An employee of a Midlothian porridge company had a fake ID linked to the African presidential candidate

A man caught working illegally in a Scottish porridge factory was using a fake identity card linked to a presidential candidate in The Gambia who shared his name.

Ismaila Ceesay fled her Gambian homeland to Scotland to escape a spate of murders that claimed the lives of members of her family, a court has heard.

Ceesay then got a job at the Stoats factory making porridge bars in Midlothian.

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The 44-year-old obtained a Swedish identity card with details of Dr Ismaila Ceesay who was running for president in The Gambia.

He was nabbed after an anonymous letter was sent to his bosses with a web link to a story about a Dr Ceesay’s election race, the Record reports.

Ceesay appeared in Edinburgh Sheriff’s Court on Thursday and admitted having a fake identity card and working illegally in the UK.

Tax MP Jack Caster said Ceesay had worked for Stoats for about two years when an anonymous letter was sent to his senior executives alleging he was working illegally.

Mr Caster said the letter included a link to a story about an Ismaila Ceesay who previously lived in Edinburgh but returned to The Gambia where he was running for president.



Ceesay worked at Stoats.


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The court heard that Ceesay had been called by his employers to discuss the contents of the letter.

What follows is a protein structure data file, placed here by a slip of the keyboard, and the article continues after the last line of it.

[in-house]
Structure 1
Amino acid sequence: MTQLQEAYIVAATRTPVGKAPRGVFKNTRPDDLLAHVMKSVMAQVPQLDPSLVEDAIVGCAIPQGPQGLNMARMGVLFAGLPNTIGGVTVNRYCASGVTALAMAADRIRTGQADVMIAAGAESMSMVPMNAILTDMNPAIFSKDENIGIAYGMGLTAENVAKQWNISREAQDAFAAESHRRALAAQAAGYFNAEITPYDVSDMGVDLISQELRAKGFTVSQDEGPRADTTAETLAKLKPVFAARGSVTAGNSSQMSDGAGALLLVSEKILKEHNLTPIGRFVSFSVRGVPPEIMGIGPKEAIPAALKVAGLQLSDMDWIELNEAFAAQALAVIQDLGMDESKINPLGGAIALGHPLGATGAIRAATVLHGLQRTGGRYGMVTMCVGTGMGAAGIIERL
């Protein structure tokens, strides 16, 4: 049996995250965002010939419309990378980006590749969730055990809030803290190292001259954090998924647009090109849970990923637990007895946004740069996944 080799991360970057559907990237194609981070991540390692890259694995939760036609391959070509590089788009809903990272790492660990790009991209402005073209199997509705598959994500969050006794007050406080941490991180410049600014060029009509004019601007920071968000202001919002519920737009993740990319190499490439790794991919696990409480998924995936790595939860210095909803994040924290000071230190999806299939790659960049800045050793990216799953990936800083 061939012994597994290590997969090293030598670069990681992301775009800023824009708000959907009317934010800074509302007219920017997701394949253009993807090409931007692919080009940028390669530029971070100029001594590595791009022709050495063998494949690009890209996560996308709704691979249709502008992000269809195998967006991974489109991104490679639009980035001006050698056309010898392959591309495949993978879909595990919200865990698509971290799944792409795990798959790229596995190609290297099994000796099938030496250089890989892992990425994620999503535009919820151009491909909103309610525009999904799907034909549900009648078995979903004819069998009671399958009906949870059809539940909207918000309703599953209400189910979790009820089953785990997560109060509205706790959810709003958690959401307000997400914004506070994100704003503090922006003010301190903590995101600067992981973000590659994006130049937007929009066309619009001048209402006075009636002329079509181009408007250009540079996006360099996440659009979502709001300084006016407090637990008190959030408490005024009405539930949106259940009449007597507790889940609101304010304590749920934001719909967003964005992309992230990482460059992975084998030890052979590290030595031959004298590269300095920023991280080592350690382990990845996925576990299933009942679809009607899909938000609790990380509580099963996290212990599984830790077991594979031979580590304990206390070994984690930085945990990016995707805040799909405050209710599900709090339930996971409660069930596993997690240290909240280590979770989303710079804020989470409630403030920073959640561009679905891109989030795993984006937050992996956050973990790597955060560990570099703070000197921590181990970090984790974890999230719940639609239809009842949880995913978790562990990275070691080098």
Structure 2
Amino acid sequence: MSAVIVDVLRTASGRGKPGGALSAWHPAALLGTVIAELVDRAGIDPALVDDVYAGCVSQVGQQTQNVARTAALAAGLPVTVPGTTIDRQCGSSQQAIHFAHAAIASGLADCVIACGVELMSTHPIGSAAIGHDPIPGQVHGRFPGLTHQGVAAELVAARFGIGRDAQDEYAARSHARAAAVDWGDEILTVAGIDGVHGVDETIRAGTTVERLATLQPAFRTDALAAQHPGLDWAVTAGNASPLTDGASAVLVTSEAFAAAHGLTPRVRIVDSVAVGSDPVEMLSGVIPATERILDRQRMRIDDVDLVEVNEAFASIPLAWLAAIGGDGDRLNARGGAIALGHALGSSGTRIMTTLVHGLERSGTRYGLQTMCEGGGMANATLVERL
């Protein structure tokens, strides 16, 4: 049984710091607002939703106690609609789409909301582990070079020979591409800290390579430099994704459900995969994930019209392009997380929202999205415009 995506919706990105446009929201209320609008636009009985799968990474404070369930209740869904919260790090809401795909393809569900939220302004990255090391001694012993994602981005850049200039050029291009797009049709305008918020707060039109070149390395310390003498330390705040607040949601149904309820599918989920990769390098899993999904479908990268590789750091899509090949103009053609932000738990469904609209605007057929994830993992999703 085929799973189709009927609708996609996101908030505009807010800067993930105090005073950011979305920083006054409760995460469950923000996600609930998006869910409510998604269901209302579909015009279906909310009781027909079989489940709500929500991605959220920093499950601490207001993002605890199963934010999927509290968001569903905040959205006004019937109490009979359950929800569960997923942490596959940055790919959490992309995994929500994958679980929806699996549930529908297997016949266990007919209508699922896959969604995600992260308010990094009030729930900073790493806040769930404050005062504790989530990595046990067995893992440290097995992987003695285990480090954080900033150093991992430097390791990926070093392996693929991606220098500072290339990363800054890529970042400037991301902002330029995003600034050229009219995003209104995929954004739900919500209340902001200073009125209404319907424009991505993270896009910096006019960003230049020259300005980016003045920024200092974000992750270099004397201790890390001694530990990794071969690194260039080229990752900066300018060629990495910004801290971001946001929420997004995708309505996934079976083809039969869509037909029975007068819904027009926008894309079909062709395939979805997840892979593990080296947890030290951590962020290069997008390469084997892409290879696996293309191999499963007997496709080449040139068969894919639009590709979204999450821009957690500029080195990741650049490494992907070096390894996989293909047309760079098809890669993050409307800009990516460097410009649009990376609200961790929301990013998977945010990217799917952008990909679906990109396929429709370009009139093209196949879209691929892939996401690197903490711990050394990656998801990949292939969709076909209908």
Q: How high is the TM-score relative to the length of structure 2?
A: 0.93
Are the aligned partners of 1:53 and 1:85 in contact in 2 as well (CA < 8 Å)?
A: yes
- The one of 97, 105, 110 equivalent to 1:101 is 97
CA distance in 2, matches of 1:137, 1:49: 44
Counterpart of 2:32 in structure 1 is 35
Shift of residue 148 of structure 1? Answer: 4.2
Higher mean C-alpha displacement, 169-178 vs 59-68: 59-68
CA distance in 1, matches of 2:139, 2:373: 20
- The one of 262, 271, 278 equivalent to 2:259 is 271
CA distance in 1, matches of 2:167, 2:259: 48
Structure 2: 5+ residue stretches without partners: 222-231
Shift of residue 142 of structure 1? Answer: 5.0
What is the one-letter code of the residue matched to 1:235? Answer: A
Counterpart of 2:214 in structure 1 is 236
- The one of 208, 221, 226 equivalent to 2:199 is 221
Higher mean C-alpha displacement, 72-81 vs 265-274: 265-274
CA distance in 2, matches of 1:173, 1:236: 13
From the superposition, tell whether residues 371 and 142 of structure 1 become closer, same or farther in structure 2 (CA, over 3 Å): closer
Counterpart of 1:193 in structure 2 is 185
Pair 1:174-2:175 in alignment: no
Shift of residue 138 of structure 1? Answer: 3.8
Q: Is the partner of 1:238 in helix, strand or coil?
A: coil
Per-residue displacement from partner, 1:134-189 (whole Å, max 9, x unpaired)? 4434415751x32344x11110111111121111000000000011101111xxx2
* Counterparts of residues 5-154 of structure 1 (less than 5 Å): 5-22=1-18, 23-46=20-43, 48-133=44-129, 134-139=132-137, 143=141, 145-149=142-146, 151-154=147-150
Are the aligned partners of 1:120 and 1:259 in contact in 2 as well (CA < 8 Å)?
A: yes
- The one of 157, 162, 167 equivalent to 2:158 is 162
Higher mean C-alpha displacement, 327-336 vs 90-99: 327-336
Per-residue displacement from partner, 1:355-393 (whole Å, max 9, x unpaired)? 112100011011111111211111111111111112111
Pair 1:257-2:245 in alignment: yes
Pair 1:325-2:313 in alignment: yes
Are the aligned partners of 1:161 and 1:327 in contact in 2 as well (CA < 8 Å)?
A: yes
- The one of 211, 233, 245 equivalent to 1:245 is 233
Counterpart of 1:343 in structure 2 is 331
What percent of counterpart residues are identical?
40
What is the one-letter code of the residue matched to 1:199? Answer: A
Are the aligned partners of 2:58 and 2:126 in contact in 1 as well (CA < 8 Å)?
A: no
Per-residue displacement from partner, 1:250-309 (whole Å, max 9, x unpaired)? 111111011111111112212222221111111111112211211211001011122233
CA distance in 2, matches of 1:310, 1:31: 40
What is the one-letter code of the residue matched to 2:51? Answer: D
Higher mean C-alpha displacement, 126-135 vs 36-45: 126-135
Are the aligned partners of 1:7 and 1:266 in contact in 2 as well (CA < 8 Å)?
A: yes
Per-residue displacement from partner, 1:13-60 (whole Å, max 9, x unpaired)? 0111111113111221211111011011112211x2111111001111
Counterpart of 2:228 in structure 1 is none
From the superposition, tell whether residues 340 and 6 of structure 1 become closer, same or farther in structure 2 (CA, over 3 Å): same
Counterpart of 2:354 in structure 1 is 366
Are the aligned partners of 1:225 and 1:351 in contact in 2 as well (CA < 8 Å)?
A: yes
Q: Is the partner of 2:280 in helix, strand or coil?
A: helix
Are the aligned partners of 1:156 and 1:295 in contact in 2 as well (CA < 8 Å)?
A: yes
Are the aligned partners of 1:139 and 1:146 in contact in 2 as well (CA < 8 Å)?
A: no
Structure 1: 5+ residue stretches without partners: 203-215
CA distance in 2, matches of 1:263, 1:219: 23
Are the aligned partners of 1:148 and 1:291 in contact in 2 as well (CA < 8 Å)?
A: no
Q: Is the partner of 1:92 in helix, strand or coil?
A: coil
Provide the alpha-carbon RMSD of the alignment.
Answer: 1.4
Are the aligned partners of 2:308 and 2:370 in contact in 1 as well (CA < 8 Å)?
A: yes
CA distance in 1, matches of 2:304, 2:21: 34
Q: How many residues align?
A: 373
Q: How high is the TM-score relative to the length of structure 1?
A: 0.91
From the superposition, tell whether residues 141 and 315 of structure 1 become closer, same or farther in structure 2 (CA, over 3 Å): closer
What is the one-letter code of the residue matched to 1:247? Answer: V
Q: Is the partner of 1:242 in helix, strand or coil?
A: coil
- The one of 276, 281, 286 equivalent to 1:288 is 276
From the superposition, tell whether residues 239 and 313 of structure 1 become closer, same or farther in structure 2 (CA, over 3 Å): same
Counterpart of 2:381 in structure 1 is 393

Mr Caster said: ‘During the conversation he admitted the allegations were true.

The prosecutor said the company contacted the Home Office whose officials searched for Ceesay’s address and found a Gambian passport issued to him confirming his nationality.

Arrested by the police and taken to the town’s St Leonards station, officers asked Ceesay if he was Swedish.

He replied, “No, I’m not Swedish.

Defense agent Liam Kildare said his client came to Scotland alone ten years ago to escape conflict in The Gambia.

Mr Kildare said: ‘Several members of his family were murdered by government soldiers and he found it necessary to flee.’

The lawyer said Ceesay stayed with friends and struggled to find enough money to eat or dress.

Mr Kildare said: ‘He obtained, through a friend, a Swedish identity card relating to someone who shared the same name as him.

“This person had dual nationality for The Gambia and Sweden.

“The intention of Mr. Ceesay in possession of this identity card was to find work. The intention was to work illegally rather than for the purpose of impersonating to commit more serious offences.

“His intention was to survive.”

The court was told that Ceesay married a British national in November 2020 and that this gave her the right to stay in the UK and work here.

Mr Kildare admitted that Ceesay was not entitled to work before that date.

He said Ceesay was a first-time offender who was currently “between jobs”.

Ceesay admitted to the two offenses which were committed at Stoats’ premises in Loanhead between August 1, 2018 and November 18, 2020, the day before her wedding.

Sheriff Nigel Ross postponed sentencing on Ceesay, of the city’s Longstone area, until later this month for reports.

Last year it was reported that Gambia Citizens Alliance presidential candidate Dr Ismaila Ceesay had renounced his Swedish citizenship as he prepared for his presidential run.

It was reported that Dr Ceesay obtained Swedish citizenship in 2002 after studying there and previously lived in Scotland where he studied at the University of Edinburgh.

Presidential elections held in The Gambia last December were won by incumbent President Adama Barrow.

Laura J. Boyer